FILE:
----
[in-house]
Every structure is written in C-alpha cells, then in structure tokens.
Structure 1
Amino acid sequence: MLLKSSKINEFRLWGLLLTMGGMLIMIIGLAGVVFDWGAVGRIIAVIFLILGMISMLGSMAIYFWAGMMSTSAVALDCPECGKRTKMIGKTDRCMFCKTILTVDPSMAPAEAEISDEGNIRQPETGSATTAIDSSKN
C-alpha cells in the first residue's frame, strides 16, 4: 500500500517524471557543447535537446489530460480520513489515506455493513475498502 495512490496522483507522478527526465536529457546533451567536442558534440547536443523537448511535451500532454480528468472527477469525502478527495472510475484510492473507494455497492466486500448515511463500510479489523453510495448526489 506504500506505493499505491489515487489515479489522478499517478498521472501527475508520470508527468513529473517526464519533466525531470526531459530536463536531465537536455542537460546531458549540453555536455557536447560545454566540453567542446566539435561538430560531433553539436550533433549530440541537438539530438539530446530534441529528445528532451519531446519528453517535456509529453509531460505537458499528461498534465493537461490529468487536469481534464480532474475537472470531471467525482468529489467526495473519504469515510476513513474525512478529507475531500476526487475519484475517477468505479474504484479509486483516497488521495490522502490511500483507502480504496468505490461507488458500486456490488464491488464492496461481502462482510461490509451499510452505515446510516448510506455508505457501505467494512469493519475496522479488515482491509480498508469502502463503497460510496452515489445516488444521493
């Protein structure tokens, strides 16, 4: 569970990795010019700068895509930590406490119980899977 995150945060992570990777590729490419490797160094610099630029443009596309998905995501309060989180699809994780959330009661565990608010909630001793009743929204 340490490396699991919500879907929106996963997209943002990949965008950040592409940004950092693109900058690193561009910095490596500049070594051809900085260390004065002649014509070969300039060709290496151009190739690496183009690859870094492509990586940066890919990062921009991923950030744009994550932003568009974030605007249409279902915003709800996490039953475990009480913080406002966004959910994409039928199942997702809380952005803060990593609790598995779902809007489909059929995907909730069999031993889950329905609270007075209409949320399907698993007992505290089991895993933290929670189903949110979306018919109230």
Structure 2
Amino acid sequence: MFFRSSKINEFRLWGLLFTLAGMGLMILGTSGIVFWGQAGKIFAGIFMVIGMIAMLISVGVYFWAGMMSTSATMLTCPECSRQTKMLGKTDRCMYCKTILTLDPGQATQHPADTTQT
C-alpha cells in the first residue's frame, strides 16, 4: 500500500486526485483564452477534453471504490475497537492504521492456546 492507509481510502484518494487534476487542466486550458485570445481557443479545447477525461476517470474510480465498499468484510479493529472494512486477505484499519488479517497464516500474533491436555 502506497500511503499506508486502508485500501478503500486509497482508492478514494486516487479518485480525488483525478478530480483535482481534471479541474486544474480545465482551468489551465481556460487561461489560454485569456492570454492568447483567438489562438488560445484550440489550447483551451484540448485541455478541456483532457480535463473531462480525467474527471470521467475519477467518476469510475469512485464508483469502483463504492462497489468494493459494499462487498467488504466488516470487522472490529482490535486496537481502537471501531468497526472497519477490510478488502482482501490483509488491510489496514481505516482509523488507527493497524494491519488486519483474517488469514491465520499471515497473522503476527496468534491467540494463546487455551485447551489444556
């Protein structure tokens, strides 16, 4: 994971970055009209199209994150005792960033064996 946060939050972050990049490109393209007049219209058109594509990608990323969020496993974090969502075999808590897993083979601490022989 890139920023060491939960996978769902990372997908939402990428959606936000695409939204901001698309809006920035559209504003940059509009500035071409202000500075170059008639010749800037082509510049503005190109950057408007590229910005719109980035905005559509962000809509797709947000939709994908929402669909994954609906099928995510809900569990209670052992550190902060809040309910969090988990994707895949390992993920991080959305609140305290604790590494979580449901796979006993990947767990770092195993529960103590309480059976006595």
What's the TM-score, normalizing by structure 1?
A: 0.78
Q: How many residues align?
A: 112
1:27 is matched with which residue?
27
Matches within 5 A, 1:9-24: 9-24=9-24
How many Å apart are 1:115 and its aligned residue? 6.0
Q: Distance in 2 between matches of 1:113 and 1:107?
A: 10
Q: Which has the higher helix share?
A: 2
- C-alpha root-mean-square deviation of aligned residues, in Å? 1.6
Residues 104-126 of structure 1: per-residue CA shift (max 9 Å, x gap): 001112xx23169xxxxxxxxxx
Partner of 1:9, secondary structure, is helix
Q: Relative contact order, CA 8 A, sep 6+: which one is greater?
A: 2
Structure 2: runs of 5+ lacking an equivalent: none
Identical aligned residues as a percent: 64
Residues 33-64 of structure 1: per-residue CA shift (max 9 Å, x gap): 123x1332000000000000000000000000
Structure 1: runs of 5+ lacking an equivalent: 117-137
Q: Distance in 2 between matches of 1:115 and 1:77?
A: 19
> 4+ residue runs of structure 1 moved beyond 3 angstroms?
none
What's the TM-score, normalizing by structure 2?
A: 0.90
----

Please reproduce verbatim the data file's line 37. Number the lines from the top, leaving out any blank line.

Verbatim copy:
A: 0.90